A four-alarm Firehouse.
n October 1974, the second KISS album, Hotter Than Hell, would appear just eight months after their debut, Kiss (Feb 1974). What the critics thought was a one-off stunt – this bunch of klowns wearing makeup – came back and slapped them in the face real quick real hard.
Like a mastodon struggling through quicksand, Hotter Than Hell is darker, gloomier, heavier and more muscular than Kiss – with even worse production. What were producers Kenny Kerner and Richie Wise doing? Under the strangely hypnotic guitars, the drums sound like cardboard boxes! Funnily enough, the album does not “suffer” from this lackluster audio, as we’ve grown accustomed to hearing Hotter Than Hell with that weird “hollowness.” So much so that when KISS remastered the album in 1997 – it sounded WEIRD!
Lead vocalist/rhythm guitarist Paul Stanley and co-lead vocalist/bassist Gene Simmons pen and sing most of the tracks, with a newfound maturity. But that may be an illusion, as many of these songs are still remnants from their days in Wicked Lester (pre-KISS), just formulated into final product.
The only two “straight-ahead” rockers are Mainline and Comin’ Home, otherwise every other song has a unique hook – something that separates it from simple four-chord fast-forward dreck. As with their first album, to their credit, KISS aim to make their simple music not that simple. Like that album, there remains a “dirtiness” to the riffs that do not quite resolve how you’d expect.
Prime cuts include the title track (Stanley admitting freely that Hotter Than Hell was copped from Free’s All Right Now), the Frehley-penned chunker Parasite, the freight train voyeurism of Watchin’ You and the thick-as-syrup Let Me Go Rock ‘n’ Roll with its scorching lead guitarwork in every spare breathing space.
Lead guitarist Ace Frehley gets more songwriting licks in (with Parasite, Comin’ Home and Strange Ways), although the KISS concept of creating another Beatles band model – where all four band members were equally prominent – was not to force him out of seclusion and onto the mic. Totally lacking confidence in his singing ability, he hands off vocal duties to Simmons, Stanley and Criss respectively.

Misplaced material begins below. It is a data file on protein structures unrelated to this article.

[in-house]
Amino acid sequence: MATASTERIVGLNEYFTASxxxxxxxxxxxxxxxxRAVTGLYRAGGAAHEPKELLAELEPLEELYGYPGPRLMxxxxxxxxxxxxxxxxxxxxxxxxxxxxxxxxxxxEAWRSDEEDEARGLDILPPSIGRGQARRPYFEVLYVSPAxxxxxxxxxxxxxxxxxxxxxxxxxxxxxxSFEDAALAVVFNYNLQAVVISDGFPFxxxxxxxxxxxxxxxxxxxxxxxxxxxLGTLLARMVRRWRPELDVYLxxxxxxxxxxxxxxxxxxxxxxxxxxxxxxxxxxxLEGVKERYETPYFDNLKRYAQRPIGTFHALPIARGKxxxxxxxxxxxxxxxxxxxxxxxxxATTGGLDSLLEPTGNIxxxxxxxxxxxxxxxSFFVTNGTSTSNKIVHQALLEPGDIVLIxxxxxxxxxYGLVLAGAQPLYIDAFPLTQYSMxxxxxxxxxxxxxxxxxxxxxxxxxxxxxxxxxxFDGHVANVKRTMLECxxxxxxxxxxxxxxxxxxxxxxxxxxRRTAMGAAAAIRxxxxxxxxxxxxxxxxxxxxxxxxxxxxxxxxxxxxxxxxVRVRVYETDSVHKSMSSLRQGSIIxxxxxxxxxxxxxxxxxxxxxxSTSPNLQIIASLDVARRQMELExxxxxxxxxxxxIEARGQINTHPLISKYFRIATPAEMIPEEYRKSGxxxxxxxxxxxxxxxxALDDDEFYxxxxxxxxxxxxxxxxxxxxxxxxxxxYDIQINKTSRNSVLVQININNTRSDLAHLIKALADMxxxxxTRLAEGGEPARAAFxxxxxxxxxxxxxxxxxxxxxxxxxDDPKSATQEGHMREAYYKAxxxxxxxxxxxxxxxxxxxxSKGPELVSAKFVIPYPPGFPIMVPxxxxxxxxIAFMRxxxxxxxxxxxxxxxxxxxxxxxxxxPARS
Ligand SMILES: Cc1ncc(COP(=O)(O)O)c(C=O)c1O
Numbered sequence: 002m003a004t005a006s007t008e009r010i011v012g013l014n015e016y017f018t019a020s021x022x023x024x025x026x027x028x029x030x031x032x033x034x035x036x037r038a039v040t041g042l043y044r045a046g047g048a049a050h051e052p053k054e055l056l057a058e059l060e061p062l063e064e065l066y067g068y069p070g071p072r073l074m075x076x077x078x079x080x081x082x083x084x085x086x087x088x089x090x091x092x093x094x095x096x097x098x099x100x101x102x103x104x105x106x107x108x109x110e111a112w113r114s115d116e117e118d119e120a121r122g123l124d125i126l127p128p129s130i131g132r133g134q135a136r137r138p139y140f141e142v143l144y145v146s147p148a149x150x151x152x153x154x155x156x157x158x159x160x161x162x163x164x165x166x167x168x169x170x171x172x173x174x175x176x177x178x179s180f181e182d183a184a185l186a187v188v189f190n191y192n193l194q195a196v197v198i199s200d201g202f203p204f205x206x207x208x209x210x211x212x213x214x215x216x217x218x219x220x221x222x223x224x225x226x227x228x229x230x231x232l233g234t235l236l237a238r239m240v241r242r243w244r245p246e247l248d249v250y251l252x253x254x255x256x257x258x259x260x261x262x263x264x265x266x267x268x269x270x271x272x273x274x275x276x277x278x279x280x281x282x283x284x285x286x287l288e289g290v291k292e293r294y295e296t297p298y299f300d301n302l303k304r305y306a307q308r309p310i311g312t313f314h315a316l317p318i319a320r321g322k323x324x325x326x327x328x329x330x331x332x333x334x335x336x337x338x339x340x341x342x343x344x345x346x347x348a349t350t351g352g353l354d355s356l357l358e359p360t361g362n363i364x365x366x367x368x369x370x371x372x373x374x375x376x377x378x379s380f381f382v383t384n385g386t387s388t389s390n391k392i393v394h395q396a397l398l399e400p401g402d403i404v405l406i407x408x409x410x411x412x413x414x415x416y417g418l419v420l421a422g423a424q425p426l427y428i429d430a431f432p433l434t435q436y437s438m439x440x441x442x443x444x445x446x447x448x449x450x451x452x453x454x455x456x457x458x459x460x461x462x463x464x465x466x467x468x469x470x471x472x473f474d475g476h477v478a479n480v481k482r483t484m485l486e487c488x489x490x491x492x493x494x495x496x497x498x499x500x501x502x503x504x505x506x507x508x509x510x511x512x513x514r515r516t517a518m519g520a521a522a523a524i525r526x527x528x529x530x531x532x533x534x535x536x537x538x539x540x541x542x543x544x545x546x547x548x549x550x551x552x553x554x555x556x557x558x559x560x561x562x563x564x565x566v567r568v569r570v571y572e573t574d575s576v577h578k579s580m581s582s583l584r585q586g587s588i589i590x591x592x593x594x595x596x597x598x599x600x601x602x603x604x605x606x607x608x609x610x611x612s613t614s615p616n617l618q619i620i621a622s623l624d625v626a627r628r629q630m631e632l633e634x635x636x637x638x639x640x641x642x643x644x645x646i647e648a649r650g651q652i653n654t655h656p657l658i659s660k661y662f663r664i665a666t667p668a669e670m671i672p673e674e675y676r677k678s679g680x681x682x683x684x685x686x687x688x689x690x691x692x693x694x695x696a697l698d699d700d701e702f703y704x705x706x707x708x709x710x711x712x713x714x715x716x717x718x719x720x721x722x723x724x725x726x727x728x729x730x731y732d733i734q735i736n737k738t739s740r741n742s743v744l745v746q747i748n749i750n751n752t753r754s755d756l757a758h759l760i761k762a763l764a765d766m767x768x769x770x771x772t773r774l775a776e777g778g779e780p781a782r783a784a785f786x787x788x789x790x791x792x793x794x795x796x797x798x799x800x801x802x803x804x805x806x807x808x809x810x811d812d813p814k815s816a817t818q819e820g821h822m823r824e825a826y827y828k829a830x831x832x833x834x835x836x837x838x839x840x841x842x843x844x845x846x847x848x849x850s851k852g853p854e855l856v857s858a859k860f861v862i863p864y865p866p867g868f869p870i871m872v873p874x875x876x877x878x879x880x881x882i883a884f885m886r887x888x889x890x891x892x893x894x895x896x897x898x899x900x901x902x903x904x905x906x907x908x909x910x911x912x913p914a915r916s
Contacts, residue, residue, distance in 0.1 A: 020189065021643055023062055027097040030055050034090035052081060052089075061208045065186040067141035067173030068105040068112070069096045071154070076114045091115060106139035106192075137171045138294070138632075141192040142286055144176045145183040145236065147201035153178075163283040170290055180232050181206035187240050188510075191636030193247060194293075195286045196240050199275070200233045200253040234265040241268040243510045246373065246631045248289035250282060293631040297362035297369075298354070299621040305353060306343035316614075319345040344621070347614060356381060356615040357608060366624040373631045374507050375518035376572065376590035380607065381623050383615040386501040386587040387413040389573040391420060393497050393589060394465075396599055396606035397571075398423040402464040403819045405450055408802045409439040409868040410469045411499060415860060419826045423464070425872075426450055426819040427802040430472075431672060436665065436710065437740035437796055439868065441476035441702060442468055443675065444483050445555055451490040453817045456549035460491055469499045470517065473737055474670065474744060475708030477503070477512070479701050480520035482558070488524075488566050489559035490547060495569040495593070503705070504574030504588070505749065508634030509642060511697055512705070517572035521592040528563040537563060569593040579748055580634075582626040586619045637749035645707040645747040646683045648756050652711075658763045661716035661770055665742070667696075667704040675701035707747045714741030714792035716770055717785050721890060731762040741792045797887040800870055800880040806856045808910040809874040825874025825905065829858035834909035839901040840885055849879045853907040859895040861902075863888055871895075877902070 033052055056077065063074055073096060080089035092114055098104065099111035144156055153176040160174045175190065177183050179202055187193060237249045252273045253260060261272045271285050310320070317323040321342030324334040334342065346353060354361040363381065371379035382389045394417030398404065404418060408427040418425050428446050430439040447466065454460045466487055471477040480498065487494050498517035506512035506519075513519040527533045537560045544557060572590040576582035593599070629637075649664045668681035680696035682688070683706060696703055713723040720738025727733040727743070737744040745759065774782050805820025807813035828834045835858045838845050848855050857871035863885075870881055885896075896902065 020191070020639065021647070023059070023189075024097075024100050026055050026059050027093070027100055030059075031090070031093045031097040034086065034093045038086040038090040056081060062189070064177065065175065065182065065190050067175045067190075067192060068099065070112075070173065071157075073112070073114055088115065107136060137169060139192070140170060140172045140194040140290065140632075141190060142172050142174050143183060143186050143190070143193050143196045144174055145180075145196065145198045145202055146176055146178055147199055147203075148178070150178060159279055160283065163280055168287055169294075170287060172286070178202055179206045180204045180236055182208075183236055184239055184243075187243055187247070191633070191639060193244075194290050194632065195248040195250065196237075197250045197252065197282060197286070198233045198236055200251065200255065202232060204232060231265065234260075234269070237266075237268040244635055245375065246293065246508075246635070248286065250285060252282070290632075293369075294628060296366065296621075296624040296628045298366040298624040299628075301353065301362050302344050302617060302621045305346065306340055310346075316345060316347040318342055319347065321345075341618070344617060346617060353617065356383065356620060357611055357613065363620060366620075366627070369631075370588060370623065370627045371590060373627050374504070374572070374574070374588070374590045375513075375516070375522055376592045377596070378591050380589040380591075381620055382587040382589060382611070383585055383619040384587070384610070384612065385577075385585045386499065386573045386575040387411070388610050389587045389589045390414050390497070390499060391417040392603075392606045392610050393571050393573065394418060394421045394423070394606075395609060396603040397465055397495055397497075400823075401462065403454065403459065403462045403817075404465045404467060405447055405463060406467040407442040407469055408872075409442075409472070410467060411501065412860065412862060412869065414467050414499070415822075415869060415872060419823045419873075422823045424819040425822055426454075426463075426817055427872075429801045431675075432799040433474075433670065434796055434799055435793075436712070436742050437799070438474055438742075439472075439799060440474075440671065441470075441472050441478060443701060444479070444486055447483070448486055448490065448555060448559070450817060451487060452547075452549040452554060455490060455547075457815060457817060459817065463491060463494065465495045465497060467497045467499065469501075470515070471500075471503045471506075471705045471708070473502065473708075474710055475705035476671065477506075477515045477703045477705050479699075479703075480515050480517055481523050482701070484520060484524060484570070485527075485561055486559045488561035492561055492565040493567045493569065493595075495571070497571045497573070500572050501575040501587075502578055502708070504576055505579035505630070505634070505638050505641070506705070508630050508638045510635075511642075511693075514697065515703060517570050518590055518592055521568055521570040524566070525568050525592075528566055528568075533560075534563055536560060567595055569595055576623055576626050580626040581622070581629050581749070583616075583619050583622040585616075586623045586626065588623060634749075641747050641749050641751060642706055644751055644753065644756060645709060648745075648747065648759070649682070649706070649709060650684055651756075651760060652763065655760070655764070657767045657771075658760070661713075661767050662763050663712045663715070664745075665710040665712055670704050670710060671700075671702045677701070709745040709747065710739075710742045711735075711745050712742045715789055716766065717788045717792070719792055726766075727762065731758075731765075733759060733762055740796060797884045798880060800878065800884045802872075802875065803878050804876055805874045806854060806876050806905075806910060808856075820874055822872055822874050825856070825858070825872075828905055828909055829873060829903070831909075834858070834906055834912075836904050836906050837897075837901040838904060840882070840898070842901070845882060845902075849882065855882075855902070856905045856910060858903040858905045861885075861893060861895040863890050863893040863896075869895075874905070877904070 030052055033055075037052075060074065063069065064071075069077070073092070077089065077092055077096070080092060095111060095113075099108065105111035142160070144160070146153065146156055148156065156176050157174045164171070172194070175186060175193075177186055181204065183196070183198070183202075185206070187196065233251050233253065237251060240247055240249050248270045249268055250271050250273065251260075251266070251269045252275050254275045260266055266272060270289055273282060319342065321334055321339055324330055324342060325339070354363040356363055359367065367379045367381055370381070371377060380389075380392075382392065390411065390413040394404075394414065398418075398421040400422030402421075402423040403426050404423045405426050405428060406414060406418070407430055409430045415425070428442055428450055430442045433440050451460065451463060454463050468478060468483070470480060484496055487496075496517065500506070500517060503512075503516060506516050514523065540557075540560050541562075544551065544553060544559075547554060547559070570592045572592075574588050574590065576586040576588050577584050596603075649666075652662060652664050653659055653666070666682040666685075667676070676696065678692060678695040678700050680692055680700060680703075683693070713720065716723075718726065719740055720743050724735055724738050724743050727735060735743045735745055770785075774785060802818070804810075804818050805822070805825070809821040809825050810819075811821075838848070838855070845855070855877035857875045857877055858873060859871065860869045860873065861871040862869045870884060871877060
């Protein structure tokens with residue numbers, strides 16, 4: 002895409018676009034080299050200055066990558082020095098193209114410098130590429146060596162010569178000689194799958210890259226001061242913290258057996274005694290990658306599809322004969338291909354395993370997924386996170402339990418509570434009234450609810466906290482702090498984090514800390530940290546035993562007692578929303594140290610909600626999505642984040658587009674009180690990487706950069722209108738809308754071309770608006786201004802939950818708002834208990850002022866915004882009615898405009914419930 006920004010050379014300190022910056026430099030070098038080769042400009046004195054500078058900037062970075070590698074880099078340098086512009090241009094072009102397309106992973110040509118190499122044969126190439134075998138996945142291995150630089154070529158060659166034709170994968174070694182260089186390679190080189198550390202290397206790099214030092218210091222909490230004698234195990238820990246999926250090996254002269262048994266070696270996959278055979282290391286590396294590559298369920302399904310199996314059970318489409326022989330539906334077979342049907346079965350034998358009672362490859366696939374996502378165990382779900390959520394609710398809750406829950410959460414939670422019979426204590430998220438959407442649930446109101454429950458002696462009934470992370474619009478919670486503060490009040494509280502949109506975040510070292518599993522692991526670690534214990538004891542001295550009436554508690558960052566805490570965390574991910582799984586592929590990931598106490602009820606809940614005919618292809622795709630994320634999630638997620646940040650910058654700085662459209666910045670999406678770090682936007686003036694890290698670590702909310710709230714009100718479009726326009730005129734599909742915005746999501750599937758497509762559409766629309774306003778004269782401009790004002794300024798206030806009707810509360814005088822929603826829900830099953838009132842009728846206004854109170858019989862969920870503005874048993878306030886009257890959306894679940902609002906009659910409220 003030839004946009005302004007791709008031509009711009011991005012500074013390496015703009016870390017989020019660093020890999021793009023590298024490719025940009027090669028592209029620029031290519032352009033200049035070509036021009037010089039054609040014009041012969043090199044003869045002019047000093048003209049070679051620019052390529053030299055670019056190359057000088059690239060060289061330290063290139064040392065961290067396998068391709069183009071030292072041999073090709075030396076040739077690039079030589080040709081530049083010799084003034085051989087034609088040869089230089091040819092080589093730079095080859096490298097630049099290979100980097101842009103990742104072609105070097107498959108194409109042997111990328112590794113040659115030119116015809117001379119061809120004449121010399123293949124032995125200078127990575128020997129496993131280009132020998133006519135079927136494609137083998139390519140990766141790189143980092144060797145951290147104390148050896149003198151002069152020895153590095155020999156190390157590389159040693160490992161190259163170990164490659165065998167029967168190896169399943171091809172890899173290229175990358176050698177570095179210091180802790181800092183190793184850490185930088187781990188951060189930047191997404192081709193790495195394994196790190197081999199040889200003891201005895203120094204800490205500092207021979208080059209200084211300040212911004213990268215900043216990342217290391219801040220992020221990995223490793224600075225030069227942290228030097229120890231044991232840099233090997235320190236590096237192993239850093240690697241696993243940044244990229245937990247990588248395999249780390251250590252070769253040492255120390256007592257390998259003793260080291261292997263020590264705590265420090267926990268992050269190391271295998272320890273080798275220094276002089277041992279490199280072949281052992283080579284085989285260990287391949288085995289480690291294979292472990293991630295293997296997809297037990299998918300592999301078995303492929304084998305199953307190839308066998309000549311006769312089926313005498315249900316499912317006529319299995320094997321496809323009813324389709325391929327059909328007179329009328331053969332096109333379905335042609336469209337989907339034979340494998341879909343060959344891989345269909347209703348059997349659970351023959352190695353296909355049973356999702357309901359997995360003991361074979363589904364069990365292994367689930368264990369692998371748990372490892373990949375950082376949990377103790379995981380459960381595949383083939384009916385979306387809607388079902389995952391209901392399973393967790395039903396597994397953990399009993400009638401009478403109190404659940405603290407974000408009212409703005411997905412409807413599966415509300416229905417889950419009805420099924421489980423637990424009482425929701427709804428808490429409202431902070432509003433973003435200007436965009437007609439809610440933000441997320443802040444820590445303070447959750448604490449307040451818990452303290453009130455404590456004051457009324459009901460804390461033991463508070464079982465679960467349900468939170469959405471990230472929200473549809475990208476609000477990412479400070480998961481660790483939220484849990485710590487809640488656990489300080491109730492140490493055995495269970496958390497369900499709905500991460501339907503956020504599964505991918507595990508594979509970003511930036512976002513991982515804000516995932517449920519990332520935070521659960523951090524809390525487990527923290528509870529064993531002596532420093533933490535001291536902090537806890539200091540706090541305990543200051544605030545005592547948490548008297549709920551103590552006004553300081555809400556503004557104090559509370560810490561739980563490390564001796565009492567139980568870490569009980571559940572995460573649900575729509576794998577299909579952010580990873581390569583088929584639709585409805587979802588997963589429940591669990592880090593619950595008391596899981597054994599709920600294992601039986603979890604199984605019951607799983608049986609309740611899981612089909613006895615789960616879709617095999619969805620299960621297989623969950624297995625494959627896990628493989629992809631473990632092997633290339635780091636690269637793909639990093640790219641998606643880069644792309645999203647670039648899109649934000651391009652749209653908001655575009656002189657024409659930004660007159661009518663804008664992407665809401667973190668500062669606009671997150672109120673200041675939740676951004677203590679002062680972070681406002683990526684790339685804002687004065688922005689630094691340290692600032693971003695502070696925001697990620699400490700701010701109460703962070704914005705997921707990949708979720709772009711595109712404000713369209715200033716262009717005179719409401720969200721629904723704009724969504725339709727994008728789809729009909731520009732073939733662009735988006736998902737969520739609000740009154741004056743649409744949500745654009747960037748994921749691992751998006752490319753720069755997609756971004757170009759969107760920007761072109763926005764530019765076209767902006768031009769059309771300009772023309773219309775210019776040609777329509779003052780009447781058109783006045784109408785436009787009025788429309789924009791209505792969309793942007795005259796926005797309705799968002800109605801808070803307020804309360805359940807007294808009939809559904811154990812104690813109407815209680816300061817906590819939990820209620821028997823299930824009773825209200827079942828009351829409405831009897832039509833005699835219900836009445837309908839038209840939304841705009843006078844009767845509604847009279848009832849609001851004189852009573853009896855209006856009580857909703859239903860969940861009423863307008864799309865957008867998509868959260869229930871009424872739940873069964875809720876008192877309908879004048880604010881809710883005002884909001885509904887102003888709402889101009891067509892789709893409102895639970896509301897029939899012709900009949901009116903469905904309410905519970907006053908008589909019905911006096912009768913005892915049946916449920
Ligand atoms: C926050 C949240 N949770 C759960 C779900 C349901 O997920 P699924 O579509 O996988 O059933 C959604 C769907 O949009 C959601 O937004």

Can anything possibly be heavier than the guitar sound and its attendant riff in the closing track, Strange Ways? With a guitar solo that can only be described as warp factor insane.
Once again, many of the songs on this formative album are regular inclusions in the KISS live set over 40 years later.
that infamous album cover
Kabuki, meet KISS. Seemingly embracing their visual origins, KISS appear on an album cover decidedly manga, with a symbol that would erroneously be thought of as KISS’s name in Japanese. But it is a symbol called chikara that means “power” (and would feature most prominently on Eric Carr’s drumkit in the far-flung future). And the back cover…
Drunken, disheveled debauchery. Reportedly, everyone was off their face at this photo shoot (except Gene, advocate for clean living, no drinks, no drugs… uh, and fucking everything that moves). Nakedness, unconsciousness, Bacchanalia. It illustrates how KISS, at this early stage of their career, were definitely not after the demographic they would eventually become associated with – little kids. They were an adult band, pushing the envelope on the permissiveness of rock and roll. (As a youngster, I admit I was stunned when I saw those Destroyer-era shots of the band on motorbikes with a naked woman being brutalized between them.) Throughout their career, there have always been obscure photo shoots with debased women in various states of undress (the 1977 Love Gun cover comes to mind – a painting, but truly indicative of the band’s image), from the 1976 chopper shoot to the 1999 Playboy issue.
All that dirty sex was just intolerable, inappropriate and ungodly. And hotter than hell.